Title VI of the U.S. Clean Air Act of 1990 enacts the U.S. strategy for complying with the Montreal Protocol for protection of Earth's stratospheric ozone layer.9 Title VI is administered by the Stratospheric Protection Division within the Office of Air and Radiation. Section 612 of Title VI directs EPA to set up the Significant New Alternatives Policy (SNAP) program, to evaluate any halon substitutes or alternative fire protection technologies to ensure that they reduce the overall risk to human health and the environment and to promote these substitutes to achieve rapid market acceptance. EPA's goal is to ensure that industry and consumers have ample choices for the diversity of applications in which CFCs and halons are currently used.

EPA adopted a risk-balancing approach on health and safety issues by looking at likely exposure pathways in use of a substitute agent in each sector. The risk to individuals from exposure to halon substitutes is generally from discharges that occur infrequently. Chronic effects from exposure to halon substitutes are not usually a concern, because when used, these substances are discharged in high concentrations over short periods of time and thus potentially present an acute hazard. Risk from exposure to halon substitutes is accordingly best assessed by analysis of acute toxic effects associated with exposure to these compounds, such as developmental toxicity and cardiotoxicity. In most instances, cardiotoxicity occurs at lower levels than does fetotoxicity, and therefore, unless otherwise warranted by the developmental data, EPA bases the estimates for emergency exposure limits during halon use on the no observable adverse effect level (NOAEL) and lowest observable adverse effect level (LOAEL) reported for epinephrine-sensitized cardiotoxicity in dogs (and in a few instances monkeys). Human heart arrhythmias and sudden death resulting from overexposure to CFCs, halons, and other halogenated and non-halogenated hydrocarbons have been documented in work-place settings and in volatile substance abuse (e.g., glue sniffing).10

To assess the safety of a fire extinguishing agent for use in a total flooding system, EPA analysts examine the actual design concentration as NFPA defines it,11 i.e., the cup burner extinction concentration plus 20%, or in some cases the actual large-scale testing design concentration, and compare this value to levels at which cardiotoxic effects have been observed.

The situation differs for streaming agents (i.e., chemicals applied to localized fires, usually by being propelled from an extinguisher) because such use is a localized application, and air exchange further dilutes the concentration of the agent. EPA requires manufacturers to submit data acquired by personal monitoring for the anticipated usage. The results of these tests show that actual exposure is much lower than what the models predict. Consequently, EPA has listed agents as acceptable, even with a LOAEL as low as 1.0 or 2.0%.12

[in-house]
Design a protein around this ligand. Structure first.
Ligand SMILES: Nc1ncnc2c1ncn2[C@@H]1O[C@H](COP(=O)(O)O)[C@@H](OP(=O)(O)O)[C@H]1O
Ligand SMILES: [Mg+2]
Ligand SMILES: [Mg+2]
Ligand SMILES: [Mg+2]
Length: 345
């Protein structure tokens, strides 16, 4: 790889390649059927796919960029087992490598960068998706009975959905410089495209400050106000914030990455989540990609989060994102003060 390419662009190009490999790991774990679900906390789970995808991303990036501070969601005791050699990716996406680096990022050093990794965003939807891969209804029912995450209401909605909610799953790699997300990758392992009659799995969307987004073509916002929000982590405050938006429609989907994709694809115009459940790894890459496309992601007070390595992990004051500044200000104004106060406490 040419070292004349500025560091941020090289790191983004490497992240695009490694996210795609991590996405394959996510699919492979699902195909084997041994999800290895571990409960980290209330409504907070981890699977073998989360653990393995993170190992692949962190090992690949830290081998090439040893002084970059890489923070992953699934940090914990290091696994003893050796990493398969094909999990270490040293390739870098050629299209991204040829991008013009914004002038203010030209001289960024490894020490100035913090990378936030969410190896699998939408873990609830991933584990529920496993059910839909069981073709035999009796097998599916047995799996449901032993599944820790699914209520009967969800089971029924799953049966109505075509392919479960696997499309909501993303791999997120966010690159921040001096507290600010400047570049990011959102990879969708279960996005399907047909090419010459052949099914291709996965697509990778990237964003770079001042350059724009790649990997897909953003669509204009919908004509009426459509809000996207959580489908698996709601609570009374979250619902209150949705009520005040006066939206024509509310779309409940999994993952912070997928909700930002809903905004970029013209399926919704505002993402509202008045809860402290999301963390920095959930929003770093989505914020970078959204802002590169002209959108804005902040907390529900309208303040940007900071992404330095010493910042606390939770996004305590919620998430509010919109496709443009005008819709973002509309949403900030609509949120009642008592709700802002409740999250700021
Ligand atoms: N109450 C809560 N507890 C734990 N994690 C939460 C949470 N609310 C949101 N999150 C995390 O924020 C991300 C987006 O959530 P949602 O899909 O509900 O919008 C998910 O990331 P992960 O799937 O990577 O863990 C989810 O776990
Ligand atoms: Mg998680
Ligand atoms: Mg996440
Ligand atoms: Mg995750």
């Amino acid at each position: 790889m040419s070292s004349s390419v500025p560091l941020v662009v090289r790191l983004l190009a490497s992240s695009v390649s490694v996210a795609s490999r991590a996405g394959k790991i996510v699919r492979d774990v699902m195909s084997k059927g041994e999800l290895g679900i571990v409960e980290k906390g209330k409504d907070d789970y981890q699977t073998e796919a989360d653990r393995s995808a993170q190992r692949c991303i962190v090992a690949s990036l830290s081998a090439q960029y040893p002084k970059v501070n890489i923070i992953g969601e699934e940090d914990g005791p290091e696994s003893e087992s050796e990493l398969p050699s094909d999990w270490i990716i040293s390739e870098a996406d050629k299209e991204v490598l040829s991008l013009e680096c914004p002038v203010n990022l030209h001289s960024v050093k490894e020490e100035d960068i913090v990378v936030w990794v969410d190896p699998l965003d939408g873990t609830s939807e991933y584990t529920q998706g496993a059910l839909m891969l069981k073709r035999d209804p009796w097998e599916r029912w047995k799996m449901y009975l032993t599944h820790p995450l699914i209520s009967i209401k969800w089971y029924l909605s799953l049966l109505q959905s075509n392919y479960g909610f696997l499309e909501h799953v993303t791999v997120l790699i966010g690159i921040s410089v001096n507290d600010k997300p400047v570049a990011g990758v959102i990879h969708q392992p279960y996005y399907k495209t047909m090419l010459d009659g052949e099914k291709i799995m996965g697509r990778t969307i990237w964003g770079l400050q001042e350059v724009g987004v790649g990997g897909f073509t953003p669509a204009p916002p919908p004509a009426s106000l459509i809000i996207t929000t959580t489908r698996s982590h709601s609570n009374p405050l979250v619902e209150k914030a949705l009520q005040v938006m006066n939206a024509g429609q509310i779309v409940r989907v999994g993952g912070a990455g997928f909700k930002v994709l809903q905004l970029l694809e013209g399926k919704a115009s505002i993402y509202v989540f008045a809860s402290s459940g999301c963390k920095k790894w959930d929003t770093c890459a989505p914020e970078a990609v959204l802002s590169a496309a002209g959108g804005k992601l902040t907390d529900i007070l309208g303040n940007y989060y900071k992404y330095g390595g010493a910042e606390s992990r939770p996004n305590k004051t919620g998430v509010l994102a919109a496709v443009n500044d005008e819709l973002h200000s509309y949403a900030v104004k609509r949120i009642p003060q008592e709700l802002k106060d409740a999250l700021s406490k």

The conditions stipulated under SNAP for use of total flooding agents are patterned after current Occupational Safety and Health Administration (OSHA) requirements for use of halon 1301 (CF3Br) systems. Because OSHA does not currently specify acceptable levels of exposure to substitute fire extinguishing agents, EPA is laying these values out very specifically and has initiated efforts to work with OSHA as that agency takes steps to amend its regulation of fixed gaseous extinguishing systems (OSHA Regulation 1910.162).

When considering environmental effects of halon substitutes, EPA first looks at ozone depletion potential to determine if a substance could significantly damage the stratospheric ozone layer. Any class I substance (ODP of 0.2 or higher) must be phased out of production in the United States within 7 years of listing. While the Clean Air Act does not explicitly define a class II substance, by implication it is an agent with an ODP of less than 0.2. Currently the chemical with the lowest ODP that EPA has listed as a class II substance is HCFC-123 (CF3CHCl2), with an ODP of 0.02.

While EPA considers other environmental impacts besides ozone depletion potential (including aquatic toxicity, air pollution, and so on), global warming potential (GWP) and atmospheric lifetime are the key additional issues in evaluating halon substitutes. Action number 40 of President Clinton's Climate Change Action Plan, released in November 1993, directs EPA to minimize unnecessary emissions of greenhouse gases to help meet the national goal of reducing emissions in the year 2000 to 1990 levels. EPA again has adopted an approach that seeks to balance the risk posed by ODP and GWP and the related atmospheric lifetimes of these agents.



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